Herb Series 1: Oregano


I thought I’d share with you my favorite medicinal/culinary herbs that we are working on growing here at the Johnson homestead.

First up: Oregano.


Origanum vulgare, Common and Wild Marjoram, Greek Oregano and Winter Oregano.

It’s most popular in it’s culinary uses, especially in Italian and Greek cuisine. It goes particularly well with tomato based dishes. Over here I use it in everything..soup, stew, when roasting meat or a chicken, almost every crock pot dish and even sometimes with my eggs.

Mountain Rose Herbs describes it as:

“Oregano is a warm and aromatic yet slightly bitter herb in the mint family. Good quality oregano has a pungency that numbs the tongue. The best quality oregano is grown in a warm, dry climate. The name is derived from the Greek, meaning “mountain of joy”. Sunlight encourages the concentration of the essential oils that give oregano its flavor. Two other herbs are used in the same ways as common oregano but have different culinary and medicinal properties. Mexican oregano is a plant in the verbena family that has an even stronger flavor, while marjoram is a closely related plant that lacks oregano’s essential oil and has a different, gentler “mouth feel.”

While most people are only familiar with Oregano as a kitchen spice it has surprising health benefits. Perhaps the most remarkable is it’s powerful antibacterial properties thanks to it’s two oils thymol and carvacrol. Oregano is found to be antibacterial, antiparasitic, antiseptic, immune stimulating and antiviral.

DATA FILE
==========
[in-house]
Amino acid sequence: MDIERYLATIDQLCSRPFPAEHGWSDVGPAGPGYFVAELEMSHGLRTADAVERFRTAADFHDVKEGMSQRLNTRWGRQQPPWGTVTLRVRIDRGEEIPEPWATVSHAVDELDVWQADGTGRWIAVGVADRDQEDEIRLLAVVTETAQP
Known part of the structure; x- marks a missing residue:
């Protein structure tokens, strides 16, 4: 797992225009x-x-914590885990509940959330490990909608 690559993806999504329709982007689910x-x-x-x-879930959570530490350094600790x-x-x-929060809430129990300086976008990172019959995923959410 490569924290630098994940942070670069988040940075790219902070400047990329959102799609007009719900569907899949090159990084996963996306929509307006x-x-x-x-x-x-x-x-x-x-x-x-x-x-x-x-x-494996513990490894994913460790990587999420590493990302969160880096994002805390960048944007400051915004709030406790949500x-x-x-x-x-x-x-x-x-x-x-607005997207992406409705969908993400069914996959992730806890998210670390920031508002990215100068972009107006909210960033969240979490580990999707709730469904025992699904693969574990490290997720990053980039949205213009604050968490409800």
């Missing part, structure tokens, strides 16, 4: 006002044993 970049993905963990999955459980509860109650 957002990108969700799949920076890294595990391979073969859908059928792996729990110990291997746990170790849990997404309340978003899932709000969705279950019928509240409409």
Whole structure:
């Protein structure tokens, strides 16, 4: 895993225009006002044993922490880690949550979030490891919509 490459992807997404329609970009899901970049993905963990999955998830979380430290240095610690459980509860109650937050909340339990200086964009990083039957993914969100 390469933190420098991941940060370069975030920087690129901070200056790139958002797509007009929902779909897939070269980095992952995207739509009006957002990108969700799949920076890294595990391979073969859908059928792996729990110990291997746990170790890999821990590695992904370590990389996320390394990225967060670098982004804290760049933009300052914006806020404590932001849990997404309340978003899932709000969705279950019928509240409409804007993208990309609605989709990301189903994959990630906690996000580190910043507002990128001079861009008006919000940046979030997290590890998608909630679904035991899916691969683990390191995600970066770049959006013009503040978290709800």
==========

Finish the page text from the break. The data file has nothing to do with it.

Oregano is popular in the Natural healing community but is starting to get attention in mainstream medicine as well. While studies are still being done Oregano has been found to show antibacterial and healing properties against E. Coli, Salmonella, vaginal infections, candida, aspergillus mold, staph infections, listeria and pathogenic germs. Some studies suggest it is as effective as mainstream antibiotics in killing germs and bacteria. Mark’s Daily Apple states :In fact, researchers recently discovered that oregano is a better treatment for giardia than the prescription drug commonly prescribed to treat the illness. Pretty Impressive! Good to have on hand in cases where you might have consumed contaminated drinking water. 😛

 Oregano is also packed with healthy Omega-3’s, Iron, manganese, Vitamin K, fiber and antioxidants making it great for all around health.

While the fresh or dried herb can be used, oregano essential oil comes in handy as well. I’ve heard of it being used to boost the immune system internally when sick, being used topically for things like athletes foot and ringworm as well as using as a mixture with water to spray on trees suffering from fungus/mold issues.

We plan on keeping the essential oil on hand as well as using the herb we grow to makes teas, tinctures,sprays, salves…you name it.

Keep in mind I’m not a doctor, I’m just sharing things I’ve found in our journey to become more self-sufficient. Oregano/Oregano oil does need proper dilution when being used medicinally and is not considered safe under certain circumstances such as pregnancy. Consult a health practitioner before self medicating 😉


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